# A-level Physics (Advancing Physics)/Energy Levels

As an electron approaches a nucleus from infinity, it becomes 'bound' - it is attached to the nucleus, if you like. In this bound state, the electron occupies what is called an energy level. A nucleus has a discrete number of energy levels, and so electrons bound to a certain nucleus can only take on certain potential energies. These energies are negative by convention.

The lowest (most negative) energy level is denoted n=1, the next lowest n=2, and so on. The values of these can be found using formulae Alternatively, they may be determined experimentally. Energy levels in a hydrogen atom. The transition shown from the n=3 level to the n=2 level gives rise to visible light of wavelength 656 nm (red).

At random, electrons jump between energy levels. If they jump to a lower energy level (more negative), they release energy in the form of a photon. If they jump to a higher energy level, they must absorb a photon of the appropriate energy. The energies of these photons can be calculated using the following formulae, which you should already know from AS:

$E=hf$ $c=\lambda f$ ,

where E is energy, h is Planck's constant (6.63 x 10−34 J s), f is frequency, c is the speed of light, and λ is wavelength.

The energy levels of different nuclei are different. Evidence for these energy levels comes from the emission and absorption spectra of atoms. An emission spectrum can be obtained by heating a sample of an element. This gives the electrons energy, so they jump up the energy levels. At random, they then jump down again, giving off photons with measurable frequencies. The formulae above can be used to calculate the difference in energy between the levels between which the electrons have jumped.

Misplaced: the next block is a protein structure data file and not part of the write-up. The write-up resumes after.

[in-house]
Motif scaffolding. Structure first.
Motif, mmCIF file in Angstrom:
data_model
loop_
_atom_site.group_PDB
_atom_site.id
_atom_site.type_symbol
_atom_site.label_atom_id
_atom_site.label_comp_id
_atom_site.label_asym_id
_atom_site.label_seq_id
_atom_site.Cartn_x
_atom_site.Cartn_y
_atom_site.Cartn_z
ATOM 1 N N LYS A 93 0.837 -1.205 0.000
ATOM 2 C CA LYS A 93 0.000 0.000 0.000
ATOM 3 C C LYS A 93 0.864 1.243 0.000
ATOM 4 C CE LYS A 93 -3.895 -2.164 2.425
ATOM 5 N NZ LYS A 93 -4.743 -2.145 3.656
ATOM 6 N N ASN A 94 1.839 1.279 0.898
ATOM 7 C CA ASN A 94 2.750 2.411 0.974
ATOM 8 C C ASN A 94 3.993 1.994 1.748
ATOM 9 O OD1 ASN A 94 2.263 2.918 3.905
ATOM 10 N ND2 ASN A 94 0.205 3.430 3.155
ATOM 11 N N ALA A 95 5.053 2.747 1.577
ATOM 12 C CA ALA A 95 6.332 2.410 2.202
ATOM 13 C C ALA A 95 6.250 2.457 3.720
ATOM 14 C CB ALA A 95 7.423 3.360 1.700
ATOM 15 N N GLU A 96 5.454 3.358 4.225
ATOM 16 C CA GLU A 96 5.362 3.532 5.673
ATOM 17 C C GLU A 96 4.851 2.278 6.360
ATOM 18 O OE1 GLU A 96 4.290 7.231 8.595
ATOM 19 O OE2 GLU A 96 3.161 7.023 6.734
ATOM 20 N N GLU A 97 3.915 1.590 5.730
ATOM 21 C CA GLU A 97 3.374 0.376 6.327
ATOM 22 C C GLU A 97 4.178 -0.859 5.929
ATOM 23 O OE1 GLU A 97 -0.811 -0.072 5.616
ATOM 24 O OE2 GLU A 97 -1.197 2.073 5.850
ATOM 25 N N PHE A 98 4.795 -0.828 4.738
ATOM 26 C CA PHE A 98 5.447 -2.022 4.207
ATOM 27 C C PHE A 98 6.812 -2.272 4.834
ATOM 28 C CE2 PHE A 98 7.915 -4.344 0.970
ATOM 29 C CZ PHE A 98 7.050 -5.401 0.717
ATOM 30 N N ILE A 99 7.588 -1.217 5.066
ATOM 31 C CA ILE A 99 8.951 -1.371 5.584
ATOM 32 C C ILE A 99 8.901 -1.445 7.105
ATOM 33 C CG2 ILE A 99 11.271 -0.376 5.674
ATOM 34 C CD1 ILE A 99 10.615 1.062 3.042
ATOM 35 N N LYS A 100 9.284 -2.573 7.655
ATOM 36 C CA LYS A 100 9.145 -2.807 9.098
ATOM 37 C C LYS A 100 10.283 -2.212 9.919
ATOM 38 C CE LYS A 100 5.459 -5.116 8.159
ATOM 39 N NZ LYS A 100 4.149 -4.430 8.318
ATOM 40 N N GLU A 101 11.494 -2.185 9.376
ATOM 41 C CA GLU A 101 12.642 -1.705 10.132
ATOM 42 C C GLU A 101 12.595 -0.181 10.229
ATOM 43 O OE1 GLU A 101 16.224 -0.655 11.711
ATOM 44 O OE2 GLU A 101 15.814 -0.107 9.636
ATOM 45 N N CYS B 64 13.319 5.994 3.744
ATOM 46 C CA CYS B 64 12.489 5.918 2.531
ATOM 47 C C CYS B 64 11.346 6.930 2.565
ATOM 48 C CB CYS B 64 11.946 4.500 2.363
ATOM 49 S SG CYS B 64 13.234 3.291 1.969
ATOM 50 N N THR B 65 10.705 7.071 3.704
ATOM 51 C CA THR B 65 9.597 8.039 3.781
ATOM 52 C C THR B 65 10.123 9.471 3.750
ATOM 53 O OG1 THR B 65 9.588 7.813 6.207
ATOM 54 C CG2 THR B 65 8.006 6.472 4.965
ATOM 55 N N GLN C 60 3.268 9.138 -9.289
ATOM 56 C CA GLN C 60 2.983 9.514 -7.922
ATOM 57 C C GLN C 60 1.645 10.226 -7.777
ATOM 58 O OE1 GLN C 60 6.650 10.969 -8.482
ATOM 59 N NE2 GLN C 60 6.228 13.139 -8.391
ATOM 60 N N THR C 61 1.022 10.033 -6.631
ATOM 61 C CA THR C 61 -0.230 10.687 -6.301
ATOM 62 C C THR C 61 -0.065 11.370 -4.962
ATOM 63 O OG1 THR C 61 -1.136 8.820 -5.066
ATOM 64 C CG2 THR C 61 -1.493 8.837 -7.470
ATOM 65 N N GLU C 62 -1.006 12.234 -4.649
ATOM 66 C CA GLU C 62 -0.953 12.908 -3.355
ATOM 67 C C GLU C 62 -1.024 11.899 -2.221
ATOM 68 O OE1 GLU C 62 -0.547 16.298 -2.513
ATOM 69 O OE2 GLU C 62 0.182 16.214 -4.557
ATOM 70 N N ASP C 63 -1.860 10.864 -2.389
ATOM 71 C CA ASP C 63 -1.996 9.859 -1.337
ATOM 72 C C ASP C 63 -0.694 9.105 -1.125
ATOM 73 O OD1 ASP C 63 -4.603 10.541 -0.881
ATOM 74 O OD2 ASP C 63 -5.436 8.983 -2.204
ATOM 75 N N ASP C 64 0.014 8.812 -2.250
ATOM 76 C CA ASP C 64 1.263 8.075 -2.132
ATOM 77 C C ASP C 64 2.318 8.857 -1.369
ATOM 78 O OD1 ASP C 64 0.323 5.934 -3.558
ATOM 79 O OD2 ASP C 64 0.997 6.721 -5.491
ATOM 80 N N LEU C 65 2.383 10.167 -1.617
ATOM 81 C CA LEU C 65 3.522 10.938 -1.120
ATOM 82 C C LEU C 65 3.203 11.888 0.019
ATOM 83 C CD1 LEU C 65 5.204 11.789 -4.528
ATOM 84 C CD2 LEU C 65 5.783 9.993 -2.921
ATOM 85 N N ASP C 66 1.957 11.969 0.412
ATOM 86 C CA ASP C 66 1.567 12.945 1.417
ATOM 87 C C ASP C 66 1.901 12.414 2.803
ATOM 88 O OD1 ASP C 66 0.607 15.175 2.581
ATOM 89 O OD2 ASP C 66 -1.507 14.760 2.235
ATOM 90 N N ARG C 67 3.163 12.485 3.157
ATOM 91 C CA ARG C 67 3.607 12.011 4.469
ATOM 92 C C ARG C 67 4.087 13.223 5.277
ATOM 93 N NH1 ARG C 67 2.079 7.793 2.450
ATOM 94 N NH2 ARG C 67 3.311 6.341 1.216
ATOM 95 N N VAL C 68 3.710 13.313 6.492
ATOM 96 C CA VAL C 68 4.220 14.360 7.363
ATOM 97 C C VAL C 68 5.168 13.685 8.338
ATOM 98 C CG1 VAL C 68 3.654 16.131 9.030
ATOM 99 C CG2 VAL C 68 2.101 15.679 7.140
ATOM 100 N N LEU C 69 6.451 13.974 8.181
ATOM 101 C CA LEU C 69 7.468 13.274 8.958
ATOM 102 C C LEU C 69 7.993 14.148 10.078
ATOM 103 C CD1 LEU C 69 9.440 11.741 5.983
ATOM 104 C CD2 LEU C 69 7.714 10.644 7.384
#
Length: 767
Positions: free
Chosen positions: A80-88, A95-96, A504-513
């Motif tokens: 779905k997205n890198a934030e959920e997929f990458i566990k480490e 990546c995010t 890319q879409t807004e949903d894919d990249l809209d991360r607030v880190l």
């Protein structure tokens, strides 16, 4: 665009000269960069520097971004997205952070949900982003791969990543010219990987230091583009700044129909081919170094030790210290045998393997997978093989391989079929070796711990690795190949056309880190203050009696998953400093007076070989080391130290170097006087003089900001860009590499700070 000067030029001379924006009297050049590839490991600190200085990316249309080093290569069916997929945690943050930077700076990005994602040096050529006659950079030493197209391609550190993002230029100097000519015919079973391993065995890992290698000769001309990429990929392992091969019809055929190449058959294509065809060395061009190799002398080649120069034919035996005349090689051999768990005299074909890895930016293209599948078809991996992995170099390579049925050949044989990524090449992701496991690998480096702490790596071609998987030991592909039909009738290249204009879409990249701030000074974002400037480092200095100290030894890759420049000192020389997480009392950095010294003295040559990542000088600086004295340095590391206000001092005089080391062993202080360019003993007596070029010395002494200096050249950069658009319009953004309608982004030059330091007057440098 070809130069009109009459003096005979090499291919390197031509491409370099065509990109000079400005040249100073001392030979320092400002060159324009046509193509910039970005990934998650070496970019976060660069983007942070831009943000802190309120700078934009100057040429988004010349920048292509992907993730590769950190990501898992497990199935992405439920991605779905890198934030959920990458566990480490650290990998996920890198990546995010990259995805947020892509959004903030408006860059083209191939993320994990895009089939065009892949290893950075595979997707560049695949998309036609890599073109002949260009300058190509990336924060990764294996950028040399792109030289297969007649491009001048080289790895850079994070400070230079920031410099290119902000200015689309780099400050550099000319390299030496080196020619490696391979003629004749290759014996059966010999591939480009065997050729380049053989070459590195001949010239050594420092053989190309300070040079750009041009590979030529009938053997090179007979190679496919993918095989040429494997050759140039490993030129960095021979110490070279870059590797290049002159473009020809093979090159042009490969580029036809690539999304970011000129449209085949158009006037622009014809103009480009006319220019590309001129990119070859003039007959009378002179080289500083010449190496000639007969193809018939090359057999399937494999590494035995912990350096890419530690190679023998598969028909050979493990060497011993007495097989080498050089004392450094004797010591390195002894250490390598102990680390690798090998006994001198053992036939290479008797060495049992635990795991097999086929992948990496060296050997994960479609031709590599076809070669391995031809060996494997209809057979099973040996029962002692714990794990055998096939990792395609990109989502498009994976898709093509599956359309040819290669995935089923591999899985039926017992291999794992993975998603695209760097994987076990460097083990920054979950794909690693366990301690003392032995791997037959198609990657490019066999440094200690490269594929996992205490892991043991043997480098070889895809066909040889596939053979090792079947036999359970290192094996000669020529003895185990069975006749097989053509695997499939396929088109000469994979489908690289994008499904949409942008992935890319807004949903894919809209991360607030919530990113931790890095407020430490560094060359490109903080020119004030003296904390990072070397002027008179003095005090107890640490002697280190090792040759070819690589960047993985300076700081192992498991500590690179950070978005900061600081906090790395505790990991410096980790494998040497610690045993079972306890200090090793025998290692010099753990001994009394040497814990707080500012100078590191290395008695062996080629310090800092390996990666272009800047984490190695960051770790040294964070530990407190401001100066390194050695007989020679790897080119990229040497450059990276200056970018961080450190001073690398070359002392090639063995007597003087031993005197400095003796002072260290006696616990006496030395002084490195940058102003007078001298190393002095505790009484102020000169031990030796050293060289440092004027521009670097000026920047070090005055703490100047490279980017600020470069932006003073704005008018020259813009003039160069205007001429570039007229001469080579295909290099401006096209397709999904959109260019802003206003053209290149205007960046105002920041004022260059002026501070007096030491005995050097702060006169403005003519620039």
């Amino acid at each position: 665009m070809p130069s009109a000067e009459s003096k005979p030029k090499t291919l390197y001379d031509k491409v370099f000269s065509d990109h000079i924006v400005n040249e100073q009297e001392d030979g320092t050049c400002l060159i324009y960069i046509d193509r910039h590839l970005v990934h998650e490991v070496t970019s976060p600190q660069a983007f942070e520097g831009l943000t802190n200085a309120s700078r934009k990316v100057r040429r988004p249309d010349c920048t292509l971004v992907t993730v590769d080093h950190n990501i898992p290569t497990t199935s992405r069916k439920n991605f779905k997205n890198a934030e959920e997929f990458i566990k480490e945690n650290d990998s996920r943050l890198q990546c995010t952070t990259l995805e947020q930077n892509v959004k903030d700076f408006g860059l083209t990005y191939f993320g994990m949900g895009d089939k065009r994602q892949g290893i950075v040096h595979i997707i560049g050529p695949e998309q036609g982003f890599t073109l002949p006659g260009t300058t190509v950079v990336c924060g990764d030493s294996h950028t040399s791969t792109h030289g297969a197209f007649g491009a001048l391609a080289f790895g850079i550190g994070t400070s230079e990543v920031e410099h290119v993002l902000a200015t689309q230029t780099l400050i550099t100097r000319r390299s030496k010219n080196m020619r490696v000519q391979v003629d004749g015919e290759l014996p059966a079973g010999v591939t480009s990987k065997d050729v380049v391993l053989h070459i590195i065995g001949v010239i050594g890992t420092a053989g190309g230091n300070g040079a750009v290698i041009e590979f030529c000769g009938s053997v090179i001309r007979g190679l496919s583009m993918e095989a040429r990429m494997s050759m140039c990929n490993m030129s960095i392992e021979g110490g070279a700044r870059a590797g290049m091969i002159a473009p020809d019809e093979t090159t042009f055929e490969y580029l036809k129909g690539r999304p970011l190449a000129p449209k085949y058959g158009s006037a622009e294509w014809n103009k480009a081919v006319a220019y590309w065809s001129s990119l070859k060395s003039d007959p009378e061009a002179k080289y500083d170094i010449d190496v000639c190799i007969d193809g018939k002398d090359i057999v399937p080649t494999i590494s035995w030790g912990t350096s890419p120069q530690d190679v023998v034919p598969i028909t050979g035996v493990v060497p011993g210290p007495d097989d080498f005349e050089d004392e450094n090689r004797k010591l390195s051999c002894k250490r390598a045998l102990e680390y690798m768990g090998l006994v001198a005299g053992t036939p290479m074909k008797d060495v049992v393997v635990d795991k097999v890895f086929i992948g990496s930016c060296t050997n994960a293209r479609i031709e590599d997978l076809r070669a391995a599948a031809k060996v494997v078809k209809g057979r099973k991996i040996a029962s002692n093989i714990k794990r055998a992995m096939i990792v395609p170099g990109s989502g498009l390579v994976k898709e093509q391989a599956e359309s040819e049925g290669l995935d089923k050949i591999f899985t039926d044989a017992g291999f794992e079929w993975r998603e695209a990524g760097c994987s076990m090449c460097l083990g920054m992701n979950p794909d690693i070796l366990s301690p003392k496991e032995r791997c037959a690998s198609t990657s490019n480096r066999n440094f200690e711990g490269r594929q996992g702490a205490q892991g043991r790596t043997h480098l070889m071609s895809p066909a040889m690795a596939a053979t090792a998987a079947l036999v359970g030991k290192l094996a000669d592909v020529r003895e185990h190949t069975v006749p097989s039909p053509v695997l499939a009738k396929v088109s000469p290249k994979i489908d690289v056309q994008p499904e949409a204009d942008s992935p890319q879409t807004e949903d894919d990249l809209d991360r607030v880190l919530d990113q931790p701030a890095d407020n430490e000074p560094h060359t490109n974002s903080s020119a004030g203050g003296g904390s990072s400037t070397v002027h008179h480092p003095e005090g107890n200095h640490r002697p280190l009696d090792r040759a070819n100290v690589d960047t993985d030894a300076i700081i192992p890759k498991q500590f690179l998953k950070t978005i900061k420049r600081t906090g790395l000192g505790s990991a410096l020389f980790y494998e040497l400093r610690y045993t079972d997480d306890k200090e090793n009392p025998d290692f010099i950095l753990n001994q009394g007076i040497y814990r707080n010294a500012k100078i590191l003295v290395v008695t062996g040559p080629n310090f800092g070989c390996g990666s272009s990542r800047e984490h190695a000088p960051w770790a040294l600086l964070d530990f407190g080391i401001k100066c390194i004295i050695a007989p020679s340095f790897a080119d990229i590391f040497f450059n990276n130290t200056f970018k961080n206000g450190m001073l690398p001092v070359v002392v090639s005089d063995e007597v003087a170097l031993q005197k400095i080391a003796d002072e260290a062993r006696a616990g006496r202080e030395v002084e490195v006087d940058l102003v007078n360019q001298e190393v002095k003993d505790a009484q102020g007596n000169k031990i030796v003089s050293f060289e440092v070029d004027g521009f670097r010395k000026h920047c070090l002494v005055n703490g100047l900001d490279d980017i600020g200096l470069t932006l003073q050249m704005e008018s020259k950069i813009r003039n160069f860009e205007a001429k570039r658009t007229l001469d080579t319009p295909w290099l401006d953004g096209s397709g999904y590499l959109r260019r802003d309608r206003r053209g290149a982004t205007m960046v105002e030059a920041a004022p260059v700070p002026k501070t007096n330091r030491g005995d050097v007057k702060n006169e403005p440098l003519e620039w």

An absorption spectrum can be found by passing light through (for example) a gas, and observing the frequencies of light which are absorbed. These frequencies correspond to jumps between energy levels which electrons have undergone when they absorb the photons, gaining energy.

It should be noted that electrons do not always jump to the next-door energy level - they can, in principle, jump to any energy level. They cannot jump to an energy which is not that of an energy level.

To work out how much (electrostatic potential) energy an electron will have at a certain energy level, use the formula: $E={\frac {-13.6}{n^{2}}}$ To work out how much energy an electron will gain when jumping between energy levels, use the formula: $\Delta E=-13.6({\frac {1}{n_{1}^{2}}}-{\frac {1}{n_{2}^{2}}})$ where an electron is transitioning between $n_{1}$ and $n_{2}$ The value of 13.6 is a constant by itself but is made up of a combination of constants from the derivation of the Bohr radius and Energy Levels in Hydrogen.

13.6 comes from ${\frac {e^{3}M_{e}}{8h^{2}\epsilon _{0}}}$ Try it yourself:charge on an electron,$e=1.6\times 10^{-}19$ , Mass of an electron,$M_{e}=9.11\times 10^{-}31$ , Planck's Constant, $h=6.63\times 10^{-}34$ , and Permittivity of Free Space, $\epsilon _{0}=8.85\times 10^{-}12$ ## Questions

The following table gives the wavelengths of light given off when electrons change between the energy levels in hydrogen as described in the first row:

 Transition of n Wavelength (nm) Colour 3→2 4→2 5→2 6→2 7→2 8→2 9→2 ∞→2 656.3 486.1 434.1 410.2 397.0 388.9 383.5 364.6 Red Blue-green Violet Violet (Ultraviolet) (Ultraviolet) (Ultraviolet) (Ultraviolet)

1. Calculate the potential energy of an electron at level n=2.

2. Calculate the difference in potential energy between levels n=2 and n=3.

3. What is the potential energy of an electron at level n=3?

4. If an electron were to jump from n=7 to n=5, what would the wavelength of the photon given off be?

5. Prove that the wavelength of light emitted from the transition n=4 to n=2 is 486.1 nm (HINT: $e=hf$ and $c=f\lambda$ )